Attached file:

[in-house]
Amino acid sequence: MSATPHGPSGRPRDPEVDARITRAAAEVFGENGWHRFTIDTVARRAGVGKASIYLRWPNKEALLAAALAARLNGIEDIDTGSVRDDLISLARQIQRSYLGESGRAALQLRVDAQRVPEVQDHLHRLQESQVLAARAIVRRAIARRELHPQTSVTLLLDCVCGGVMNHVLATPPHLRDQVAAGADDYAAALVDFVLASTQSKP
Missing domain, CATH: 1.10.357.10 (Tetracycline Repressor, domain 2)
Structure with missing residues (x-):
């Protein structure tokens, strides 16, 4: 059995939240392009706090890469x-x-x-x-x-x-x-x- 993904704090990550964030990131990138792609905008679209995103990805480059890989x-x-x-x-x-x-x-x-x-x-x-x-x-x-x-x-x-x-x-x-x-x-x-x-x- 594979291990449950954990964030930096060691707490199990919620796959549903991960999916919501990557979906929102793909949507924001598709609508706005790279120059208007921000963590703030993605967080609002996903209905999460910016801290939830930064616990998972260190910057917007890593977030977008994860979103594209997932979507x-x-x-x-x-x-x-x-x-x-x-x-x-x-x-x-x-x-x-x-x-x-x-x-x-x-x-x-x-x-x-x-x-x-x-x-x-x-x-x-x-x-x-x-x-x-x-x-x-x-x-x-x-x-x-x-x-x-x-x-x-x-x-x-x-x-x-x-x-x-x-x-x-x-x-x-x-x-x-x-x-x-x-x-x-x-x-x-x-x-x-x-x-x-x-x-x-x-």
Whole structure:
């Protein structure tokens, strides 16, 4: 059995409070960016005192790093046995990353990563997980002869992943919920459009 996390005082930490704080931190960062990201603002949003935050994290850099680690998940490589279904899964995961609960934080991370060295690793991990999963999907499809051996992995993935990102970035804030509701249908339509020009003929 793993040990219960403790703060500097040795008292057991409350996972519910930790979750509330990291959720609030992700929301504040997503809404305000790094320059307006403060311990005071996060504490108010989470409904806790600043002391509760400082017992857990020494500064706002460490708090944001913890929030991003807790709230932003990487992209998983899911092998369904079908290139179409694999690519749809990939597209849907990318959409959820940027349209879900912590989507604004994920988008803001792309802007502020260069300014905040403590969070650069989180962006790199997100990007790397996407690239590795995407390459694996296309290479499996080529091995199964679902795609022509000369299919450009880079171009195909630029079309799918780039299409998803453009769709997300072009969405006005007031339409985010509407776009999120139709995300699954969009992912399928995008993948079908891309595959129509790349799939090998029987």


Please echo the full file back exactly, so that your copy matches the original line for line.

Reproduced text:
[in-house]
Amino acid sequence: MSATPHGPSGRPRDPEVDARITRAAAEVFGENGWHRFTIDTVARRAGVGKASIYLRWPNKEALLAAALAARLNGIEDIDTGSVRDDLISLARQIQRSYLGESGRAALQLRVDAQRVPEVQDHLHRLQESQVLAARAIVRRAIARRELHPQTSVTLLLDCVCGGVMNHVLATPPHLRDQVAAGADDYAAALVDFVLASTQSKP
Missing domain, CATH: 1.10.357.10 (Tetracycline Repressor, domain 2)
Structure with missing residues (x-):
């Protein structure tokens, strides 16, 4: 059995939240392009706090890469x-x-x-x-x-x-x-x- 993904704090990550964030990131990138792609905008679209995103990805480059890989x-x-x-x-x-x-x-x-x-x-x-x-x-x-x-x-x-x-x-x-x-x-x-x-x- 594979291990449950954990964030930096060691707490199990919620796959549903991960999916919501990557979906929102793909949507924001598709609508706005790279120059208007921000963590703030993605967080609002996903209905999460910016801290939830930064616990998972260190910057917007890593977030977008994860979103594209997932979507x-x-x-x-x-x-x-x-x-x-x-x-x-x-x-x-x-x-x-x-x-x-x-x-x-x-x-x-x-x-x-x-x-x-x-x-x-x-x-x-x-x-x-x-x-x-x-x-x-x-x-x-x-x-x-x-x-x-x-x-x-x-x-x-x-x-x-x-x-x-x-x-x-x-x-x-x-x-x-x-x-x-x-x-x-x-x-x-x-x-x-x-x-x-x-x-x-x-």
Whole structure:
């Protein structure tokens, strides 16, 4: 059995409070960016005192790093046995990353990563997980002869992943919920459009 996390005082930490704080931190960062990201603002949003935050994290850099680690998940490589279904899964995961609960934080991370060295690793991990999963999907499809051996992995993935990102970035804030509701249908339509020009003929 793993040990219960403790703060500097040795008292057991409350996972519910930790979750509330990291959720609030992700929301504040997503809404305000790094320059307006403060311990005071996060504490108010989470409904806790600043002391509760400082017992857990020494500064706002460490708090944001913890929030991003807790709230932003990487992209998983899911092998369904079908290139179409694999690519749809990939597209849907990318959409959820940027349209879900912590989507604004994920988008803001792309802007502020260069300014905040403590969070650069989180962006790199997100990007790397996407690239590795995407390459694996296309290479499996080529091995199964679902795609022509000369299919450009880079171009195909630029079309799918780039299409998803453009769709997300072009969405006005007031339409985010509407776009999120139709995300699954969009992912399928995008993948079908891309595959129509790349799939090998029987």